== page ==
August 17, 1995 in City

Sen. Murray Calls Packwood Unfair For Publicly Confronting Accusers

By The Spokesman-Review
 

Sen. Bob Packwood’s decision to confront publicly the women accusing him of sexual harassment is unfortunate and unfair, Sen. Patty Murray said Wednesday.

The Senate rejected public hearings on the allegations against the Oregon senator earlier this month. Murray, who was on the losing side in that vote, said that decision denied Packwood’s accusers an open forum on their charges.

“Now he’s taking his side public,” she said. “I think it’s very unfortunate he has chosen to take this route.”

Democrat Murray - in Spokane to attend a briefing on downtown redevelopment and the opening of the new Spokane Transit Authority bus station - emphasized she wasn’t making a judgment on the allegations against Republican Packwood.

She wouldn’t comment directly on Packwood’s contention that women who are now complaining about harassment did not object to his behavior at the time. But she said that’s not unusual in sexual harassment cases.

“In general terms, it is not surprising that victims do not say anything when harassment occurs,” Murray said.

On other topics, Murray said Spokane will learn later this year whether it will lose its Small Business Administration office and its Bureau of Mines office.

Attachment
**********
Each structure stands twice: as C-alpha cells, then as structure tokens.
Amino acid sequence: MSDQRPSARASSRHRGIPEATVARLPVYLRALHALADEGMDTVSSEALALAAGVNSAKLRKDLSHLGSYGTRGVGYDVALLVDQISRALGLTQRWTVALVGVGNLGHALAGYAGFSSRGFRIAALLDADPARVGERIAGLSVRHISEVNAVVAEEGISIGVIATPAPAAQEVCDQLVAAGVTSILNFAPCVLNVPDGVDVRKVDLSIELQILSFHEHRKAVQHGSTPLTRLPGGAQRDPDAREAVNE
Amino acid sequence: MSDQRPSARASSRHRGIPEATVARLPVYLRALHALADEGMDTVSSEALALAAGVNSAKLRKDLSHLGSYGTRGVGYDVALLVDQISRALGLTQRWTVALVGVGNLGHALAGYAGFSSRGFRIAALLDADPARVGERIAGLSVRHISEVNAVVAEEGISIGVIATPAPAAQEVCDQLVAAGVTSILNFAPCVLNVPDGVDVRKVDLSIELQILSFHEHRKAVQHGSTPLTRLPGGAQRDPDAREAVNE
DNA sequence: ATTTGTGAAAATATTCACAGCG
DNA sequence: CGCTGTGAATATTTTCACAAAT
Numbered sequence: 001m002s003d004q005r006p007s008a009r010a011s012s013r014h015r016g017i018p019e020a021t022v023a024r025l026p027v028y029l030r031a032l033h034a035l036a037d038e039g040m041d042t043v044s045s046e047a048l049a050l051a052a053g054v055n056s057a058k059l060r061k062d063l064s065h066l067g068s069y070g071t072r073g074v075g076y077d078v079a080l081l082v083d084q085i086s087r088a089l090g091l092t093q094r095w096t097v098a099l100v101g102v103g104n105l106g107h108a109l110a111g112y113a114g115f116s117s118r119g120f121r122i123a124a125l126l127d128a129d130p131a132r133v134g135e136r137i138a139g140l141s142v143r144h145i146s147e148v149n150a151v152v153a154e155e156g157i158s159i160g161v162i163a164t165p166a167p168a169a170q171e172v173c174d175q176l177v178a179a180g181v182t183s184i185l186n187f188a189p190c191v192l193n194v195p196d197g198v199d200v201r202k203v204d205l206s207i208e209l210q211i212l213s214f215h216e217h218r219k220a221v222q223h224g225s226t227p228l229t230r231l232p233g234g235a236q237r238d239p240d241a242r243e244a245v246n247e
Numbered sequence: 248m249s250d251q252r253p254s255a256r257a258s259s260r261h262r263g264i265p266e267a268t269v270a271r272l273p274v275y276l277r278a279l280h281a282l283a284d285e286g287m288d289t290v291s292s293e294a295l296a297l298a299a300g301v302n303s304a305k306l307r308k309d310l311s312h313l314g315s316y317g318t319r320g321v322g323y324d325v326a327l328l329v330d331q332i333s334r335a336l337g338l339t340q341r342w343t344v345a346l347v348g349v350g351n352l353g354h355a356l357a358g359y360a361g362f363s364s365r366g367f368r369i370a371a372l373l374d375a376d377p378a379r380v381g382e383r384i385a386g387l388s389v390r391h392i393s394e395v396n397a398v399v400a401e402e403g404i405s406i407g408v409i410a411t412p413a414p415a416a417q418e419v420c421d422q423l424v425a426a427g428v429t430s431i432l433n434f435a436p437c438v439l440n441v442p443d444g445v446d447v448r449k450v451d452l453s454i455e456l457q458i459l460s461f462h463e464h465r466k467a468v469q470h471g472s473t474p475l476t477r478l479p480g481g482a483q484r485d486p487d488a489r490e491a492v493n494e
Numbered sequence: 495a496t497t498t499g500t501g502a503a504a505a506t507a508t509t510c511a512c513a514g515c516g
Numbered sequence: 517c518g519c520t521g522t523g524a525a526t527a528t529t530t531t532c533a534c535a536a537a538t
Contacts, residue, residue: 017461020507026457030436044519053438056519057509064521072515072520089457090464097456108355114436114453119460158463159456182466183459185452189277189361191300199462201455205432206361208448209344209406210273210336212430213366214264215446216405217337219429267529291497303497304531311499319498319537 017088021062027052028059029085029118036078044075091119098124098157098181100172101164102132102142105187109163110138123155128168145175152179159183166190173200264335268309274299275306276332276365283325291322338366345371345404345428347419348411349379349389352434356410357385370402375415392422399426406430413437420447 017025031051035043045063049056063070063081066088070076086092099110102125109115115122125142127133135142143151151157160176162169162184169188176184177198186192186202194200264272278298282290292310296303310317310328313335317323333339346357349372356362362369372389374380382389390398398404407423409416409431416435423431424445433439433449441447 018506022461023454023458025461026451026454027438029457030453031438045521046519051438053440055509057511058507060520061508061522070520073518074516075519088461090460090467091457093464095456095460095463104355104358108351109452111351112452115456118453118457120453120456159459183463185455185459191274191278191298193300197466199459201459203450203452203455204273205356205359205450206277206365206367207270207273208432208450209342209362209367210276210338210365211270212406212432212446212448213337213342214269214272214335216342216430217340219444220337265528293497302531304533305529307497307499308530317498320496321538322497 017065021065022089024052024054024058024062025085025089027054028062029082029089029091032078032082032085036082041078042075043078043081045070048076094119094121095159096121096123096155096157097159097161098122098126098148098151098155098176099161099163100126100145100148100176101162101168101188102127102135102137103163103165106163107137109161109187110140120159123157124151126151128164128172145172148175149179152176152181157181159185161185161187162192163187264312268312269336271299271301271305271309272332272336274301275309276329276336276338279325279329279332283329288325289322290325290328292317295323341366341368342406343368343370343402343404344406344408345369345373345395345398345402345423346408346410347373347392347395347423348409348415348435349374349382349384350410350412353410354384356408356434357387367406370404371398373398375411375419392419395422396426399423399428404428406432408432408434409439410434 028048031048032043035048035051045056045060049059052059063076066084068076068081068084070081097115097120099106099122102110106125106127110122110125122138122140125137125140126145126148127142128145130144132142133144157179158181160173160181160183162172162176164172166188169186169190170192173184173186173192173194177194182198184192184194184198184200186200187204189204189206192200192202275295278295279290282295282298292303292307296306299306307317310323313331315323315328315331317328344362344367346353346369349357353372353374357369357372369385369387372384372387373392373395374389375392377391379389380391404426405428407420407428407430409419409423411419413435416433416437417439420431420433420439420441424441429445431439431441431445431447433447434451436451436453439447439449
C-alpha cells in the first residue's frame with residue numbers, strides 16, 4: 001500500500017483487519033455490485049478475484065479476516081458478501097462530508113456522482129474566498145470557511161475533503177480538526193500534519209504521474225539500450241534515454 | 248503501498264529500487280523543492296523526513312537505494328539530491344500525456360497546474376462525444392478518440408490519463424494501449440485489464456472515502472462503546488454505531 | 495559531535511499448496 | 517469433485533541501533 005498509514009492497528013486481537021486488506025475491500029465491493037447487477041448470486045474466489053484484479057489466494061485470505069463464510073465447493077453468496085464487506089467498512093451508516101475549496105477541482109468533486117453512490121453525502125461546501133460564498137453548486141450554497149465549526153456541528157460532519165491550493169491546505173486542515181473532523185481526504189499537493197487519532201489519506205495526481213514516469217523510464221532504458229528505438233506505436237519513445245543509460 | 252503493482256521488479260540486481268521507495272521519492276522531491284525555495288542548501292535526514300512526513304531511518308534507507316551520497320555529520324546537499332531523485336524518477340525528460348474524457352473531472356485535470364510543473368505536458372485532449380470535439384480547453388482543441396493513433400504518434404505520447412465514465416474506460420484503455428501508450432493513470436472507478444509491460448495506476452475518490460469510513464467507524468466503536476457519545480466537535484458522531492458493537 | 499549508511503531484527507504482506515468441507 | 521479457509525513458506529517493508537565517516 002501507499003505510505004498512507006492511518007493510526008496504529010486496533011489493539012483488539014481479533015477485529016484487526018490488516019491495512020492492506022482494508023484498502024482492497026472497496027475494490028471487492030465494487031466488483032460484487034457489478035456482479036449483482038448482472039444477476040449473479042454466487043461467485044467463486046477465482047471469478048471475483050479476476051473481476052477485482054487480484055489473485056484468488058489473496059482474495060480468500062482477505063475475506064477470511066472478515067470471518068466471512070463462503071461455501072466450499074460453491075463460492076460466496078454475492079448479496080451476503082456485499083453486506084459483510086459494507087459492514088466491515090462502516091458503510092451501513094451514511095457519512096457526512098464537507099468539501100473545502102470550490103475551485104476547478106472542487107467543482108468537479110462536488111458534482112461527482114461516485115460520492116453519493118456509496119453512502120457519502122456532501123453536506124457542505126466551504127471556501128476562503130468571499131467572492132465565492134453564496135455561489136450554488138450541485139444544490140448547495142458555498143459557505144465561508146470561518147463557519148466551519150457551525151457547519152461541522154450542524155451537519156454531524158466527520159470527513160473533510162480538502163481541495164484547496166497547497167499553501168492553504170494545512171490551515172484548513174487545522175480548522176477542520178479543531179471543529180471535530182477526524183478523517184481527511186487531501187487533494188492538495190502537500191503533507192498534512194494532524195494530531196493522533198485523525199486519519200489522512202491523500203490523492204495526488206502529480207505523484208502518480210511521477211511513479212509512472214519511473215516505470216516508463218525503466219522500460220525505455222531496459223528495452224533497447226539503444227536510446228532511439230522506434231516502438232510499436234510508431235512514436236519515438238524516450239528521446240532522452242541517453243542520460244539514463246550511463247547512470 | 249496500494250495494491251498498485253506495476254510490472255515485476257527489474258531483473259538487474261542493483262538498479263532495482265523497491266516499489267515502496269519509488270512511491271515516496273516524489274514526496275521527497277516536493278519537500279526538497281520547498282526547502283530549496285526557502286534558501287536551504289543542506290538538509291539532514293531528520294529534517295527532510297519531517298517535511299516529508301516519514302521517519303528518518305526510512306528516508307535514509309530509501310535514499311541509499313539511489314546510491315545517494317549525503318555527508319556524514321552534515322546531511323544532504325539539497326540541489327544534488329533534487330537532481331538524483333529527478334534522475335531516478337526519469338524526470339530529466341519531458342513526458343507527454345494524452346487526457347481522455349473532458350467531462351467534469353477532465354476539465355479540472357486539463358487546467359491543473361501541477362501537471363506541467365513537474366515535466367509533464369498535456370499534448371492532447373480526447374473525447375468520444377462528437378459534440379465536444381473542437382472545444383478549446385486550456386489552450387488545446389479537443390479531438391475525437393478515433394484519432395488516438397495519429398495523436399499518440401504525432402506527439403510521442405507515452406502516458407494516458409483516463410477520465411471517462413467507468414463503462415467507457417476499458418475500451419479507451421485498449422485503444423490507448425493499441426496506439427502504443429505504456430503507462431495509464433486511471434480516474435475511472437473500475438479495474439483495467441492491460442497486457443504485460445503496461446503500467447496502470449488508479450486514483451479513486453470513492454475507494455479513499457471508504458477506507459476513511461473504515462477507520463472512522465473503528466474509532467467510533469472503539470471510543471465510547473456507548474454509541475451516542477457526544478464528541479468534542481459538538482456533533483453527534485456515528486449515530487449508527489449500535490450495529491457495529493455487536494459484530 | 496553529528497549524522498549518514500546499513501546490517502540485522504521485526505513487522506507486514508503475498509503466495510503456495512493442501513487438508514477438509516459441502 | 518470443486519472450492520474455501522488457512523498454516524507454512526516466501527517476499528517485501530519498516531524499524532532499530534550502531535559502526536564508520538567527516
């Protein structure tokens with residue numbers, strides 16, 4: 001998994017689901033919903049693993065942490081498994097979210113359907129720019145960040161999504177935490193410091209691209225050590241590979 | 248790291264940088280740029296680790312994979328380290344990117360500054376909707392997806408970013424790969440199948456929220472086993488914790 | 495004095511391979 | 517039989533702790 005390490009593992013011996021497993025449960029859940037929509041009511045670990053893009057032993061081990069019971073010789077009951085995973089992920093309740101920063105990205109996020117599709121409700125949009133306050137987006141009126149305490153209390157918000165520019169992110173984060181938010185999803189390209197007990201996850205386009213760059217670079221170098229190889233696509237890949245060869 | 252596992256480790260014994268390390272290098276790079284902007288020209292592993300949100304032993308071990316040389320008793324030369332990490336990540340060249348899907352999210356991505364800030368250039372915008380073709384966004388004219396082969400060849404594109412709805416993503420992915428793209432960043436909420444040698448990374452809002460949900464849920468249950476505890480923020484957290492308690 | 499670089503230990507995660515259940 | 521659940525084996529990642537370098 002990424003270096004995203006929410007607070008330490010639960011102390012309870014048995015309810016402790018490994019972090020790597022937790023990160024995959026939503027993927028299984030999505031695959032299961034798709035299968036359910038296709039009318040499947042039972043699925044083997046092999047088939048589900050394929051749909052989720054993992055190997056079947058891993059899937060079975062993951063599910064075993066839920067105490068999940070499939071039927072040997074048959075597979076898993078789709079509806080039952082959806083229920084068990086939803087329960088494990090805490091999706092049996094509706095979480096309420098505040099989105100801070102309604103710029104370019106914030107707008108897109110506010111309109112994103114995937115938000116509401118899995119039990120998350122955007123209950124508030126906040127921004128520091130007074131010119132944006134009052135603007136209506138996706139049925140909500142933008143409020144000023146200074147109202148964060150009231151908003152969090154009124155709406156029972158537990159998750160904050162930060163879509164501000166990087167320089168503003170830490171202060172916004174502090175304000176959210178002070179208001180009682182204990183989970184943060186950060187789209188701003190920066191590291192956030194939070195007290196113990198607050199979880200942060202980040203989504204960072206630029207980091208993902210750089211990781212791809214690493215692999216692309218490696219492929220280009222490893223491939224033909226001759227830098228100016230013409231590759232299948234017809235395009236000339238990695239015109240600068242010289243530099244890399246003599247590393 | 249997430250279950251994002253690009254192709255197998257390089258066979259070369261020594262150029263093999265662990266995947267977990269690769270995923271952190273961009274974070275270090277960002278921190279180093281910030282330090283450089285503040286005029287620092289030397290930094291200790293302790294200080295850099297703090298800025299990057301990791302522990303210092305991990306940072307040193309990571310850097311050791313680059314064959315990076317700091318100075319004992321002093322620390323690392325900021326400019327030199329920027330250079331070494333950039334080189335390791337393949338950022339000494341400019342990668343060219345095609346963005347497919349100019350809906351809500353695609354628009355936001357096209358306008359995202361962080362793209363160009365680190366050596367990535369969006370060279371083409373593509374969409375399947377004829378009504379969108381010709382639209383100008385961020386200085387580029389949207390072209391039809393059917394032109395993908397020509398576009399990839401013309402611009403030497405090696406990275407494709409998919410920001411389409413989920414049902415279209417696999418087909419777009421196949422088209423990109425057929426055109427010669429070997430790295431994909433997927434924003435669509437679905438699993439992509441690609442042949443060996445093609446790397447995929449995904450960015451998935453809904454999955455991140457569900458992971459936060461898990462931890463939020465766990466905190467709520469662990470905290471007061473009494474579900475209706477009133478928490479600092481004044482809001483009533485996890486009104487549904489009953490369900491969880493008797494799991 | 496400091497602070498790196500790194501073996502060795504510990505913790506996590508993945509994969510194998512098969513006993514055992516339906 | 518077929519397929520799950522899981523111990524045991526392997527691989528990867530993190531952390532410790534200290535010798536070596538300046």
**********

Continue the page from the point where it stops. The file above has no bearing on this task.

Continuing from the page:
The SBA previously announced it would restrict most states to one office, and Washington’s would be in Seattle. But the agency has since relaxed that one per state rule, and members of the state’s delegation are pressing to keep the Spokane office open, she said.

The Bureau of Mines has not made its decision on the Spokane office, she said.

Keeping either office open in the current budget-cutting climate will be difficult, Murray added.

“The entire mantra of Washington, D.C., is you’re successful if you cut something,” she said.

Murray accused Republicans of trying to scare seniors with predictions of financial disaster for Medicare. Congress needs to adjust the program to correct potential problems in the future, she said, but that’s not unusual.

“Since Medicare came into being, we have made adjustments from time to time,” she said. “To simply scare people by saying it’s going broke is unfair, just as to say nothing’s wrong is unfair.”

, DataTimes


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